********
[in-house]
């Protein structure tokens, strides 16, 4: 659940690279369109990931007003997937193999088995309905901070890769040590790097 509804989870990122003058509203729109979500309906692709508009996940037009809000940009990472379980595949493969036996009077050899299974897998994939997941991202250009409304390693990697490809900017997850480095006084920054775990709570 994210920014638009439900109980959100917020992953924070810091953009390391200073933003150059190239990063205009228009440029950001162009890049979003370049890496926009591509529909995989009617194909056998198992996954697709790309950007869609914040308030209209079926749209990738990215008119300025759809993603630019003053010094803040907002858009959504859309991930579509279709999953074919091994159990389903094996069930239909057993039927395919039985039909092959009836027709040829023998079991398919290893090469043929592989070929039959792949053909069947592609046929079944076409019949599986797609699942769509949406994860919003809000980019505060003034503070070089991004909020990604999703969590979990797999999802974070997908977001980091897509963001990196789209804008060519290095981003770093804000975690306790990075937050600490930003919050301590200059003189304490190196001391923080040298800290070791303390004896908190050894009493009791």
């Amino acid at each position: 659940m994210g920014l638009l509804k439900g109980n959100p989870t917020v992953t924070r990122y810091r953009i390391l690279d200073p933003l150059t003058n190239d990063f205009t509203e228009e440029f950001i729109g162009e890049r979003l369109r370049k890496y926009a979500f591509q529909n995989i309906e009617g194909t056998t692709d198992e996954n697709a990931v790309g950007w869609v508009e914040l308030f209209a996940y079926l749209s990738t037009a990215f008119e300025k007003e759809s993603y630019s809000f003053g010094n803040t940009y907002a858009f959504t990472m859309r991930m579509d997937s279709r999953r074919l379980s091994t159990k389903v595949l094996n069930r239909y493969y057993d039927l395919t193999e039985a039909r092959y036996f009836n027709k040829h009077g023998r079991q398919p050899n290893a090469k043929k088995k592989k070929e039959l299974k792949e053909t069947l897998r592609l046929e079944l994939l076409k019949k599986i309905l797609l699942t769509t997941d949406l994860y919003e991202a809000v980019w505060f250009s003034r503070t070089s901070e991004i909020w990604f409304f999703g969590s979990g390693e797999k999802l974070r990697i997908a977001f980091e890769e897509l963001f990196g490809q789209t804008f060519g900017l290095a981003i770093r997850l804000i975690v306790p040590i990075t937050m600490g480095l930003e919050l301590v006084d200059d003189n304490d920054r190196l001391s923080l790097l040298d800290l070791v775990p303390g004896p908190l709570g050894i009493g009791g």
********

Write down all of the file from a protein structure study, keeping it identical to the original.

[in-house]
């Protein structure tokens, strides 16, 4: 659940690279369109990931007003997937193999088995309905901070890769040590790097 509804989870990122003058509203729109979500309906692709508009996940037009809000940009990472379980595949493969036996009077050899299974897998994939997941991202250009409304390693990697490809900017997850480095006084920054775990709570 994210920014638009439900109980959100917020992953924070810091953009390391200073933003150059190239990063205009228009440029950001162009890049979003370049890496926009591509529909995989009617194909056998198992996954697709790309950007869609914040308030209209079926749209990738990215008119300025759809993603630019003053010094803040907002858009959504859309991930579509279709999953074919091994159990389903094996069930239909057993039927395919039985039909092959009836027709040829023998079991398919290893090469043929592989070929039959792949053909069947592609046929079944076409019949599986797609699942769509949406994860919003809000980019505060003034503070070089991004909020990604999703969590979990797999999802974070997908977001980091897509963001990196789209804008060519290095981003770093804000975690306790990075937050600490930003919050301590200059003189304490190196001391923080040298800290070791303390004896908190050894009493009791």
């Amino acid at each position: 659940m994210g920014l638009l509804k439900g109980n959100p989870t917020v992953t924070r990122y810091r953009i390391l690279d200073p933003l150059t003058n190239d990063f205009t509203e228009e440029f950001i729109g162009e890049r979003l369109r370049k890496y926009a979500f591509q529909n995989i309906e009617g194909t056998t692709d198992e996954n697709a990931v790309g950007w869609v508009e914040l308030f209209a996940y079926l749209s990738t037009a990215f008119e300025k007003e759809s993603y630019s809000f003053g010094n803040t940009y907002a858009f959504t990472m859309r991930m579509d997937s279709r999953r074919l379980s091994t159990k389903v595949l094996n069930r239909y493969y057993d039927l395919t193999e039985a039909r092959y036996f009836n027709k040829h009077g023998r079991q398919p050899n290893a090469k043929k088995k592989k070929e039959l299974k792949e053909t069947l897998r592609l046929e079944l994939l076409k019949k599986i309905l797609l699942t769509t997941d949406l994860y919003e991202a809000v980019w505060f250009s003034r503070t070089s901070e991004i909020w990604f409304f999703g969590s979990g390693e797999k999802l974070r990697i997908a977001f980091e890769e897509l963001f990196g490809q789209t804008f060519g900017l290095a981003i770093r997850l804000i975690v306790p040590i990075t937050m600490g480095l930003e919050l301590v006084d200059d003189n304490d920054r190196l001391s923080l790097l040298d800290l070791v775990p303390g004896p908190l709570g050894i009493g009791g």